Lewitt LCT 640 TS REVIEW

By admin / October, 1, 2016 / 0 comments

It’s safe to say that microphone design has never been the most forward looking segment of studio engineering. That might be because microphones that performed brilliantly appeared relatively quickly in the history of recording technology, and when those microphone acquired legendary statuses many designer’s goals concentrated towards emulating those iconic sounds. It’s also because as studio heads we tend to be traditionalists and stick to things we know or that we have seen other people using successfuly…
However a few companies have come up whose philosophy is to use modern technology to break new ground into what can be done with microphone performance.
A few months ago I reviewed Lewitt‘s LCT 940, a hybrid Valve (Tube)/ Fet condenser mic with the ability to dial in any combination between the two circuits. It has quickly become my main mic for recording vocals. I also regularly use a pair of LCT 550s, an eerily quiet (self noise at a theoretical zero) cardioid condenser with a superior transient response and a sound that balances focussed yet smooth highs with a huge bottom end.

The microphone I have here right now is the new LCT 640 TS, an offspring of Lewittt’s best selling multi pattern LCT 640 but with a some very special capabilities. The LCT 640 TS is a dual capsule microphone but not in the conventional sense: the signal from each capsule can be recorded separately and combined offline (courtesy of a bespoke plugin called the Polarizer) to change the polar pattern response after the recording has been made. Yep.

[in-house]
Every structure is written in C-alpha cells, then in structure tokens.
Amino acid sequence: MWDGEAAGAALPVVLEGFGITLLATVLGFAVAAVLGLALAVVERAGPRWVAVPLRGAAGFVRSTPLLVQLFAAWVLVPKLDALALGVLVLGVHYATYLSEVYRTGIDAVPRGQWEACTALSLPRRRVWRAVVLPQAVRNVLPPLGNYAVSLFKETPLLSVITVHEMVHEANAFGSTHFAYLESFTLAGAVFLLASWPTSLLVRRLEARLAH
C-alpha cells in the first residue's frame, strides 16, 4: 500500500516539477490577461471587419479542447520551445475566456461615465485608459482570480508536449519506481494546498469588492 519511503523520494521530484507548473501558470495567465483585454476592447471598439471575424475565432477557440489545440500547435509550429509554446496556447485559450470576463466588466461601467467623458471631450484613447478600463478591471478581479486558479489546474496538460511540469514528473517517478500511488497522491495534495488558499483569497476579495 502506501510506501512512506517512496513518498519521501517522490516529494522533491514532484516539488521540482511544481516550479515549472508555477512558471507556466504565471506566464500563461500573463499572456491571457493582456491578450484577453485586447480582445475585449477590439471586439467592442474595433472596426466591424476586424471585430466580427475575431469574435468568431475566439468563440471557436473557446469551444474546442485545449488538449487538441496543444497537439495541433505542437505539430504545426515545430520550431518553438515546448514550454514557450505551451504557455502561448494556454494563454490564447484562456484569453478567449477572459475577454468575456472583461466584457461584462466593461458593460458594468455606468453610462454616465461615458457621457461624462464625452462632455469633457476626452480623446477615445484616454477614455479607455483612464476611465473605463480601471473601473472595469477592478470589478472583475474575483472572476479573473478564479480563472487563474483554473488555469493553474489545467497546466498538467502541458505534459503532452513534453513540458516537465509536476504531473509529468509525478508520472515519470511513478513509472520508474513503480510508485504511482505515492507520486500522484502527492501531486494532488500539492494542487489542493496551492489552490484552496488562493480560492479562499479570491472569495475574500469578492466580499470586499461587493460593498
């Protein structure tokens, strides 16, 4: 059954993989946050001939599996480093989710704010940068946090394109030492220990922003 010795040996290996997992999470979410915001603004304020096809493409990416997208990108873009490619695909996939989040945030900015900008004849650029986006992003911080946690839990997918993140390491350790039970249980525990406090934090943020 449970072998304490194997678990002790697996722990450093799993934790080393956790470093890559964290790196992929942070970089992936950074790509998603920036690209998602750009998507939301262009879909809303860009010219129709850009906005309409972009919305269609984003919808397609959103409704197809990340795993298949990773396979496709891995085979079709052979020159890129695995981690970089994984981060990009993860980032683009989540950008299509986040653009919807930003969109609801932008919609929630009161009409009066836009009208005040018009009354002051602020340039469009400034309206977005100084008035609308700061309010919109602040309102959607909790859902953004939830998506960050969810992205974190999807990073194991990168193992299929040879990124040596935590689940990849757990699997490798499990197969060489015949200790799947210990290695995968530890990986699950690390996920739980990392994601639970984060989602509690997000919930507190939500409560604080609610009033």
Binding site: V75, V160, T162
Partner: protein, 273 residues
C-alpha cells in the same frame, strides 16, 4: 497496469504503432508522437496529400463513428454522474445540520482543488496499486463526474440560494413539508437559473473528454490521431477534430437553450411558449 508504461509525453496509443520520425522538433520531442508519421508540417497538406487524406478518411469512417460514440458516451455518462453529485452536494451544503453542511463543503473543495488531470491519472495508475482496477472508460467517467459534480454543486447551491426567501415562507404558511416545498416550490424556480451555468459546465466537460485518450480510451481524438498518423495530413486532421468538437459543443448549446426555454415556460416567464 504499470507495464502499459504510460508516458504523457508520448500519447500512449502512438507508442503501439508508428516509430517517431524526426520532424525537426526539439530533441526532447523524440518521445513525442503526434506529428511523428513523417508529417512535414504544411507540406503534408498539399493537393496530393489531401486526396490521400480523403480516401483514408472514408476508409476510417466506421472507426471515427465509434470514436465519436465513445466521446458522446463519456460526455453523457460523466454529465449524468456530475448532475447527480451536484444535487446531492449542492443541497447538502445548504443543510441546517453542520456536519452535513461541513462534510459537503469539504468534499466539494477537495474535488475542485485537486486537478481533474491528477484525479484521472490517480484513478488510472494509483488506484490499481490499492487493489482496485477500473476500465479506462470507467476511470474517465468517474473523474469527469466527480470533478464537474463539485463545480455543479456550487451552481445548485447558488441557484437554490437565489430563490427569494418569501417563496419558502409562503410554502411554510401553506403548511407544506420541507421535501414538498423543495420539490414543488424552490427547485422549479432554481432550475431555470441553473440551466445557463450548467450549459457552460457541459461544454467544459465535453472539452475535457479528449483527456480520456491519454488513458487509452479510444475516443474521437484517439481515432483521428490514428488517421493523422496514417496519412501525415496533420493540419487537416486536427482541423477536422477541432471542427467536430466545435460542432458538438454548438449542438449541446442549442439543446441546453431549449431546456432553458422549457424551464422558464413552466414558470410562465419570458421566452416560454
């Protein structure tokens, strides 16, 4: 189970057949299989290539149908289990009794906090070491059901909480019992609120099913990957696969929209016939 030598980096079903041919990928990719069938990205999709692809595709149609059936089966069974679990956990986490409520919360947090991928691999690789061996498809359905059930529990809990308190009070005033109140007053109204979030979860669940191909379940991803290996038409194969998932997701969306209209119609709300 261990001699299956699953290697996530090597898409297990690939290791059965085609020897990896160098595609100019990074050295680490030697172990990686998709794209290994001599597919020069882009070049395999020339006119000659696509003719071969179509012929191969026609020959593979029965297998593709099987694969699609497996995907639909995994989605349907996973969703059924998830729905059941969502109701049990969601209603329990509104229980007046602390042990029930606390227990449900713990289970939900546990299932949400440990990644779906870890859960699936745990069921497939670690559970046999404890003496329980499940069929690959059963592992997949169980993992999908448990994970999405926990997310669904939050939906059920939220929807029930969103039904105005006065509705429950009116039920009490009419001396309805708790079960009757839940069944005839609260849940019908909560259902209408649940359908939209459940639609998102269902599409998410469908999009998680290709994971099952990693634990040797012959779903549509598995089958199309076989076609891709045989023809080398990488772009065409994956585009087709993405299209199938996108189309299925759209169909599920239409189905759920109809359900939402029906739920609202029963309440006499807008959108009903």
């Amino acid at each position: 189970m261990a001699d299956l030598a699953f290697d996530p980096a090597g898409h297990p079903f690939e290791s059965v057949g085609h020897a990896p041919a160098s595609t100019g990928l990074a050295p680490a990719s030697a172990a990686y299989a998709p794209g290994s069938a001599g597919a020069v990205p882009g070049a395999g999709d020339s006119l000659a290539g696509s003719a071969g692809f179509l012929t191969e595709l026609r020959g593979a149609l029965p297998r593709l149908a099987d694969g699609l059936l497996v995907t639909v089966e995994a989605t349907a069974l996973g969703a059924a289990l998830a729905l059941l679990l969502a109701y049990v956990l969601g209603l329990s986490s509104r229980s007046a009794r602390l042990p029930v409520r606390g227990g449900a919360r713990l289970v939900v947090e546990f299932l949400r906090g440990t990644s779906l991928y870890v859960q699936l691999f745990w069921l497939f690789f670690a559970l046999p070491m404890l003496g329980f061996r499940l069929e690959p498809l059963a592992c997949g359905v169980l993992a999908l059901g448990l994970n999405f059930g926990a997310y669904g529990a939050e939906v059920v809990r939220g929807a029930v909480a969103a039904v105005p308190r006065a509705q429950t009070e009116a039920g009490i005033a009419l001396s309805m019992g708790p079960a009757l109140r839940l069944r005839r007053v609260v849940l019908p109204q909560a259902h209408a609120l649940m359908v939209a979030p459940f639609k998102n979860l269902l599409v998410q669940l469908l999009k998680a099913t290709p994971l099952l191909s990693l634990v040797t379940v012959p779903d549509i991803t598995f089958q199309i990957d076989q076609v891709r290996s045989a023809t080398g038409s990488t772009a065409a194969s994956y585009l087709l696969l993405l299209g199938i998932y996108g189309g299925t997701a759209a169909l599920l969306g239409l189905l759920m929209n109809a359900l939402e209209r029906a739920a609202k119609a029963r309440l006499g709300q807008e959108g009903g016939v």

The LCT 640 TS can also use the separate capsule circuits to easily make MS stereo recordings that do not need complicated decoding processes.
So once again, we have something quite special from Lewitt on our hands.

The LCT 640 TS comes with an industrial grade heavy case, similar to the one that accompanies the flagship LCT 940, but about half the size.
Inside are the usual Lewitt style semicircle shock mount (very useful for placing the mic almost flush to the source should you want to do so), a mini XLR adapter with a Neutrik XLR on the other end, which is needed to use the mic in Dual Output Mode (DOM from now on), a soft padded pouch, the customary paperwork and a very welcome little accessory: a small magnetic, double meshed popper stopper that clicks in place over the shock mount.

This is a great solution since the popper stopper is one of those items that are a nightmare to carry around as they tend to break or tear very easily. My only worry was that, being so close to the grille, it might not be effective enough in preventing plosives, but after having used it for a few days it has proved itself to work perfectly well.